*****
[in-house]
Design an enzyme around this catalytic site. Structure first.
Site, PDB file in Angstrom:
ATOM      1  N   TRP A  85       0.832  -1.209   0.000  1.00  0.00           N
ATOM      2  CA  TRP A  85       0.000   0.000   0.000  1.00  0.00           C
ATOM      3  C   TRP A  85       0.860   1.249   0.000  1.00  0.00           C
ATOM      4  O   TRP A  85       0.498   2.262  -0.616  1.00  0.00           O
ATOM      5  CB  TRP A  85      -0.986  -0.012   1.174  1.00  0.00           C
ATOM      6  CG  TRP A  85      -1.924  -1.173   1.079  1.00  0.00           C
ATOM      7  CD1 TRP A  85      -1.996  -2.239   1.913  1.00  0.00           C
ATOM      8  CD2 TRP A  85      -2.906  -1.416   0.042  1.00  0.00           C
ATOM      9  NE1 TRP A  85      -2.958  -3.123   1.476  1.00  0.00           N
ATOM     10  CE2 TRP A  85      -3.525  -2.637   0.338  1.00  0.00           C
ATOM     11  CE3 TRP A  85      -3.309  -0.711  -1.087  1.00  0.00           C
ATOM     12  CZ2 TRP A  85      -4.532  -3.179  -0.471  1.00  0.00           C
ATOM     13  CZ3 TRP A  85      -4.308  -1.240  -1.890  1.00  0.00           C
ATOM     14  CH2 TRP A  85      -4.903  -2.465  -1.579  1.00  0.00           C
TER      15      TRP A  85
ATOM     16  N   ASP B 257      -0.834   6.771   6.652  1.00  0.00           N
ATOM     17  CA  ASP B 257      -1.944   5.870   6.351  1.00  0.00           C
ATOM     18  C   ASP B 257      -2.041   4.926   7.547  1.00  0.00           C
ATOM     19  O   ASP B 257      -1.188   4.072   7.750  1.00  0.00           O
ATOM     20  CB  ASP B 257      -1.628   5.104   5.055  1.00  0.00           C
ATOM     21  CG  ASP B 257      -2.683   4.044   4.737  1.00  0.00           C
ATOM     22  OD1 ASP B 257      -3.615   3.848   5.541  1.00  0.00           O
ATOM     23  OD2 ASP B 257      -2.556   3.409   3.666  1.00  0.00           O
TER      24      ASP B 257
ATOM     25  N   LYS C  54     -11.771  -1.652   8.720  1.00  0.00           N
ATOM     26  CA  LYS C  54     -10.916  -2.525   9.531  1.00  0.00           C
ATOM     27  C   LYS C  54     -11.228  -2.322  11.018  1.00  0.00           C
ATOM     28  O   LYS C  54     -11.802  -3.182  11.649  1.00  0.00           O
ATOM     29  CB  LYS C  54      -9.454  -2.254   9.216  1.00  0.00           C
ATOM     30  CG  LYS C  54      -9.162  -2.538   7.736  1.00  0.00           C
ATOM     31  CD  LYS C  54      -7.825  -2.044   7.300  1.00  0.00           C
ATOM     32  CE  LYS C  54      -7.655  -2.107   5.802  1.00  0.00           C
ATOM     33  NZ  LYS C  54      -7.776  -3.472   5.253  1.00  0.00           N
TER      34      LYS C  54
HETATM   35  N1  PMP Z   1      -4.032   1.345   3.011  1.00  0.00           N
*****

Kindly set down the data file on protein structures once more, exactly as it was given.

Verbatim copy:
[in-house]
Design an enzyme around this catalytic site. Structure first.
Site, PDB file in Angstrom:
ATOM      1  N   TRP A  85       0.832  -1.209   0.000  1.00  0.00           N
ATOM      2  CA  TRP A  85       0.000   0.000   0.000  1.00  0.00           C
ATOM      3  C   TRP A  85       0.860   1.249   0.000  1.00  0.00           C
ATOM      4  O   TRP A  85       0.498   2.262  -0.616  1.00  0.00           O
ATOM      5  CB  TRP A  85      -0.986  -0.012   1.174  1.00  0.00           C
ATOM      6  CG  TRP A  85      -1.924  -1.173   1.079  1.00  0.00           C
ATOM      7  CD1 TRP A  85      -1.996  -2.239   1.913  1.00  0.00           C
ATOM      8  CD2 TRP A  85      -2.906  -1.416   0.042  1.00  0.00           C
ATOM      9  NE1 TRP A  85      -2.958  -3.123   1.476  1.00  0.00           N
ATOM     10  CE2 TRP A  85      -3.525  -2.637   0.338  1.00  0.00           C
ATOM     11  CE3 TRP A  85      -3.309  -0.711  -1.087  1.00  0.00           C
ATOM     12  CZ2 TRP A  85      -4.532  -3.179  -0.471  1.00  0.00           C
ATOM     13  CZ3 TRP A  85      -4.308  -1.240  -1.890  1.00  0.00           C
ATOM     14  CH2 TRP A  85      -4.903  -2.465  -1.579  1.00  0.00           C
TER      15      TRP A  85
ATOM     16  N   ASP B 257      -0.834   6.771   6.652  1.00  0.00           N
ATOM     17  CA  ASP B 257      -1.944   5.870   6.351  1.00  0.00           C
ATOM     18  C   ASP B 257      -2.041   4.926   7.547  1.00  0.00           C
ATOM     19  O   ASP B 257      -1.188   4.072   7.750  1.00  0.00           O
ATOM     20  CB  ASP B 257      -1.628   5.104   5.055  1.00  0.00           C
ATOM     21  CG  ASP B 257      -2.683   4.044   4.737  1.00  0.00           C
ATOM     22  OD1 ASP B 257      -3.615   3.848   5.541  1.00  0.00           O
ATOM     23  OD2 ASP B 257      -2.556   3.409   3.666  1.00  0.00           O
TER      24      ASP B 257
ATOM     25  N   LYS C  54     -11.771  -1.652   8.720  1.00  0.00           N
ATOM     26  CA  LYS C  54     -10.916  -2.525   9.531  1.00  0.00           C
ATOM     27  C   LYS C  54     -11.228  -2.322  11.018  1.00  0.00           C
ATOM     28  O   LYS C  54     -11.802  -3.182  11.649  1.00  0.00           O
ATOM     29  CB  LYS C  54      -9.454  -2.254   9.216  1.00  0.00           C
ATOM     30  CG  LYS C  54      -9.162  -2.538   7.736  1.00  0.00           C
ATOM     31  CD  LYS C  54      -7.825  -2.044   7.300  1.00  0.00           C
ATOM     32  CE  LYS C  54      -7.655  -2.107   5.802  1.00  0.00           C
ATOM     33  NZ  LYS C  54      -7.776  -3.472   5.253  1.00  0.00           N
TER      34      LYS C  54
HETATM   35  N1  PMP Z   1      -4.032   1.345   3.011  1.00  0.00           N